The glossy dark green leaves do have spines but they are not as sharp as many other holly types or even barberry. The leaves look fresh and clean and are complimented by purple stems and bright clusters of red berries. You can keep this holly around 3'-4' if you like with occasional pruning or let it get 5-6' tall and 3-6' wide for a dense hedge. You do need a  'Blue Boy' to keep the berry production up, but it seems that there is usually a holly bush in the neighborhood to assist with pollination. This species is especially cold hardy and can handle clay soils, appreciating the typically acidic pH of clay soils.

Keep watering to the drier side of the spectrum, and prune back if needed in the winter. 'Blue Girl' Holly is not a fast grower, so it is a good choice for growing in a container paired with other festive-colored plants, like Heuchera, Nandina, and ornamental grasses.

Mahonia species

on Monday, 30 November 2015. Posted in Winter Interest, Berries Attract Wildlife, Native, Evergreen, Shade Plants, Deer Resistant, Shrubs, Drought Tolerant, Flowering Plants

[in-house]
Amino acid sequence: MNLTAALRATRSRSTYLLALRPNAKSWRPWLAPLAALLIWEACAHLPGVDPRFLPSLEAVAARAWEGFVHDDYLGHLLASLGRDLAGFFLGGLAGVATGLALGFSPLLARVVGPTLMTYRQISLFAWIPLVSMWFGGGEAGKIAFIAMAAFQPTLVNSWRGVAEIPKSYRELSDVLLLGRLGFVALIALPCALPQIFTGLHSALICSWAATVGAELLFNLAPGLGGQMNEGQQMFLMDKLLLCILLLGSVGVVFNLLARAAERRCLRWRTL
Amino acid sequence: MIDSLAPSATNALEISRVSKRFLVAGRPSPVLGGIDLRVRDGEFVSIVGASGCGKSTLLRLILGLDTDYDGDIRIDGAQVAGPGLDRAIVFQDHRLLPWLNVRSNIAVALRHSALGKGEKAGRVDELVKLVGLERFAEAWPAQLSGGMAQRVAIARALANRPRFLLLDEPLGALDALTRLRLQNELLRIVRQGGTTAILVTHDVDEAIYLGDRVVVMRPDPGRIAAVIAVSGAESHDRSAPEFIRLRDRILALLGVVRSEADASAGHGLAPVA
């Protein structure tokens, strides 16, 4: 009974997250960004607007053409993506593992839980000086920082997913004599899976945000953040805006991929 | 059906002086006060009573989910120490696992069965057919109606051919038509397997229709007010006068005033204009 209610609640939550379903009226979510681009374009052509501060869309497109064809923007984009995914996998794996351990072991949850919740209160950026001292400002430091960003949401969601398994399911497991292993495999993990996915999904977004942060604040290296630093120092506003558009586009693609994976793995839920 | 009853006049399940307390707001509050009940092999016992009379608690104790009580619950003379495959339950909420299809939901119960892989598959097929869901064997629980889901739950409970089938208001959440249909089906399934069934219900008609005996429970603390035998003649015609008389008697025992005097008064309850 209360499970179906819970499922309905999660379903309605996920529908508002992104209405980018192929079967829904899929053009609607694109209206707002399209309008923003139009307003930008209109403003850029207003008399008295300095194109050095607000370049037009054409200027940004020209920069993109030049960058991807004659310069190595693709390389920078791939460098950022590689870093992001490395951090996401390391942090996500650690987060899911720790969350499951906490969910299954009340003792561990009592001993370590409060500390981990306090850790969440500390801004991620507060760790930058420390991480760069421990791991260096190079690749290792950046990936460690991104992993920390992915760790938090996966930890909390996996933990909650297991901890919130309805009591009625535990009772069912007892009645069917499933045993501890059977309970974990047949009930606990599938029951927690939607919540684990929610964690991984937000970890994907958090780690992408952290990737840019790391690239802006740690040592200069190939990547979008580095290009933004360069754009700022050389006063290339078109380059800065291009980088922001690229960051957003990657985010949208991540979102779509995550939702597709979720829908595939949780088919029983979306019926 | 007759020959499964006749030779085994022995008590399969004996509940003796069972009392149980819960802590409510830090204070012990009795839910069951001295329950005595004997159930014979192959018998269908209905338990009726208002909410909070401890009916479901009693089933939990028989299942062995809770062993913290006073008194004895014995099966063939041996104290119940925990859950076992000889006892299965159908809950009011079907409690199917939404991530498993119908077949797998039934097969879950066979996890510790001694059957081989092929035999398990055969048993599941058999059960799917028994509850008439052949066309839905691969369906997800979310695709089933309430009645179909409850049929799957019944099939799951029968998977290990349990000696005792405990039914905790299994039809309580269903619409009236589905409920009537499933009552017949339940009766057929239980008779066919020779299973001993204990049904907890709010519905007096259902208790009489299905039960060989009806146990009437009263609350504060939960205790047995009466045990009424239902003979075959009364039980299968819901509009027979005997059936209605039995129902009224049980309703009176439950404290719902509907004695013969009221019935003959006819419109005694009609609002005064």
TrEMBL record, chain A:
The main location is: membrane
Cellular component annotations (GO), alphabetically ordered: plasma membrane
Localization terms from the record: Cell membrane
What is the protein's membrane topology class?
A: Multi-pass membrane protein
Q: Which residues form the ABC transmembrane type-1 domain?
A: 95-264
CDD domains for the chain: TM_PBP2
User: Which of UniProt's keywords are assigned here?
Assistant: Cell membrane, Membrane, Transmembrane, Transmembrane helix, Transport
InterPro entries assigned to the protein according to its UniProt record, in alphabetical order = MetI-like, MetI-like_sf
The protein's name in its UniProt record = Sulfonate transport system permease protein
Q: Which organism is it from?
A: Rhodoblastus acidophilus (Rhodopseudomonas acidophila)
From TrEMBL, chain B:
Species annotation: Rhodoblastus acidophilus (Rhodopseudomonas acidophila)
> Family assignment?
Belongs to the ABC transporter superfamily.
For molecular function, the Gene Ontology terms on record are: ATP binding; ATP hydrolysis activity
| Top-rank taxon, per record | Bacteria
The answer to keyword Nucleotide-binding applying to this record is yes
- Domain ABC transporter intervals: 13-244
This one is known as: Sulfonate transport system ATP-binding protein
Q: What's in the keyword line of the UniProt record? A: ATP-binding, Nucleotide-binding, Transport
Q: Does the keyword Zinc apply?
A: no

Oregon Grape

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Being a local native plant, Mahonias can take both our winter wet and summer dry, and can be very drought tolerant once established. Their thick leathery leaves and spiny edges also make them unpalatable to deer.

Most species of Oregon Grape are evergreen, but still turn a rainbow of colors in the fall and winter giving them more interest than the average evergreen shrub. Spikes of cheerful yellow, fragrant flowers emerge early in spring and turn to blue-black fruit that are edible but more appealing to birds than humans. Most varieties spread via underground runners and make a nice colony, so best to give them room to shine and do their thing! 

The ones we use the most in the Rogue Valley are:

Mahonia flowerMahonia aquifolium (Oregon Grape) - This is the taller species of the native Oregon Grape, getting to 6' or more and spreading by underground runners. They look best as a mass planting in a native woodland situation and perform best in shade, but will take some sun. Can be pruned hard if getting too leggy and will quickly fill in. Is resistant to oak root fungus so good choice under native oaks, as it also doesn't need much water.